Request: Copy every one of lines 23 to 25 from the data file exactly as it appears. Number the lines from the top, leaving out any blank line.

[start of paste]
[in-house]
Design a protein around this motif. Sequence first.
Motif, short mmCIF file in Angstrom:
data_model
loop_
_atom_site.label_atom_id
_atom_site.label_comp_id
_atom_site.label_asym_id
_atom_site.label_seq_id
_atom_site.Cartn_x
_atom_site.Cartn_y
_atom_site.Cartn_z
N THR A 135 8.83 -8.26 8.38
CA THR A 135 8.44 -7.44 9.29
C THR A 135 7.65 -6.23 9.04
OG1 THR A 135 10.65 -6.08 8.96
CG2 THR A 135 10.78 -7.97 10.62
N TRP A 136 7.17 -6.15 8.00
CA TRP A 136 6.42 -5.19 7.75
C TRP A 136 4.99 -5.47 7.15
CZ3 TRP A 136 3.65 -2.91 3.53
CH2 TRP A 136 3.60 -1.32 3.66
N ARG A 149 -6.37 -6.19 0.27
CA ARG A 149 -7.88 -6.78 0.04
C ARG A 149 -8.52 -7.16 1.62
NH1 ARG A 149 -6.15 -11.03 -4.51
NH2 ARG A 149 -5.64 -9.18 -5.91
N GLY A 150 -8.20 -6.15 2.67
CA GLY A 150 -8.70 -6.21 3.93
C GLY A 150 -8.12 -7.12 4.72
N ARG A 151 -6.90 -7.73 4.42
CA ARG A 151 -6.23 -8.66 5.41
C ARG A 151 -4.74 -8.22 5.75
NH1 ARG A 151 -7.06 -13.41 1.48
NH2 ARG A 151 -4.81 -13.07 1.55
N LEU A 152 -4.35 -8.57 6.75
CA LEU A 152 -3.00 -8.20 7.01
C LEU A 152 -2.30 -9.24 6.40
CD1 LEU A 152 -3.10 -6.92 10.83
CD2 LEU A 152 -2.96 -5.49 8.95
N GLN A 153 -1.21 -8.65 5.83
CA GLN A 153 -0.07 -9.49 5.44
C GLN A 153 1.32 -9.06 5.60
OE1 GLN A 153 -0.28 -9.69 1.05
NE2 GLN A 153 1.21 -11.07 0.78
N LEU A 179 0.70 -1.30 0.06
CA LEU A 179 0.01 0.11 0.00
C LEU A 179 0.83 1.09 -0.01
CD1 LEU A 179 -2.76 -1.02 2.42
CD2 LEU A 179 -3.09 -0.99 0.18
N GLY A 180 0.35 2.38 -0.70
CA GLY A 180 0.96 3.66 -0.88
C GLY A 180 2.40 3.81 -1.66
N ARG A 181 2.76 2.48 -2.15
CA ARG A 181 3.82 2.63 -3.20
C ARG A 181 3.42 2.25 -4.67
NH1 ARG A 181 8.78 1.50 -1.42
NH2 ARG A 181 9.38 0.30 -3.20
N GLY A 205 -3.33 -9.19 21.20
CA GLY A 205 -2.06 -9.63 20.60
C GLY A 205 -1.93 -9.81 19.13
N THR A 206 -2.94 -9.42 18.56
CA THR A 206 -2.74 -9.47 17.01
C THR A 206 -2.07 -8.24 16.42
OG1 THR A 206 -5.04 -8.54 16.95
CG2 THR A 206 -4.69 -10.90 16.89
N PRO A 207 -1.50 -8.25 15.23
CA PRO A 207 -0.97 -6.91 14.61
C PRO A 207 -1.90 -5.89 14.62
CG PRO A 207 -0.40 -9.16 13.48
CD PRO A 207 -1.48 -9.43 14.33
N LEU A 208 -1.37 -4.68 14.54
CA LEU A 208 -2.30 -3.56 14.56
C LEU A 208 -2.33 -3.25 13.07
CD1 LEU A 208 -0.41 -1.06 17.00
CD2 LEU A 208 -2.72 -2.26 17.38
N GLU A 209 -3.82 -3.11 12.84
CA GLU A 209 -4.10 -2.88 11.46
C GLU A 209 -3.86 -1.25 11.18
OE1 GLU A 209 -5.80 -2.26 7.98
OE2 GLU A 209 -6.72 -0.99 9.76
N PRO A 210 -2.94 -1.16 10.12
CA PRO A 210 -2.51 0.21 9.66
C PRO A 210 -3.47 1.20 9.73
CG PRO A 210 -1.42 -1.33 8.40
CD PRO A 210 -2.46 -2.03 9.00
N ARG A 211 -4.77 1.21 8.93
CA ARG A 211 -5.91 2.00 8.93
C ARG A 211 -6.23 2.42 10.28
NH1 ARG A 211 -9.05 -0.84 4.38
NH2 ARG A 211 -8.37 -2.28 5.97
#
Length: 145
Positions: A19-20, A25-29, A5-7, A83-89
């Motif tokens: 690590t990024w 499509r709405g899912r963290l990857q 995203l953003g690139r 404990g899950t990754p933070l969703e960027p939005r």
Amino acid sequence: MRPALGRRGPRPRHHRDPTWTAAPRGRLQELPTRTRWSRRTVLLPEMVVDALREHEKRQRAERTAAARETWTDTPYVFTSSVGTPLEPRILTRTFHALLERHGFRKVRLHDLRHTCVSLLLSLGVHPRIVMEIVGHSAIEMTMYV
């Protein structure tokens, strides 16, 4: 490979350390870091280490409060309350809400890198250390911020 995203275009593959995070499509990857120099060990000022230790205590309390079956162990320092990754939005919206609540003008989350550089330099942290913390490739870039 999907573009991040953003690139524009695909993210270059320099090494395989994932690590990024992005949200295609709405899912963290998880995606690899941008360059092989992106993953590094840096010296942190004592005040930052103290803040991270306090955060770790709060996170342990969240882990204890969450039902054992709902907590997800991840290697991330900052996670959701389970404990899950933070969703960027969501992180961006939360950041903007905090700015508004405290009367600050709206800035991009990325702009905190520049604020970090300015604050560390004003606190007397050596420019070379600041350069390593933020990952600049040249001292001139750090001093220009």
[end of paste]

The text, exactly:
N ARG A 149 -6.37 -6.19 0.27
CA ARG A 149 -7.88 -6.78 0.04
C ARG A 149 -8.52 -7.16 1.62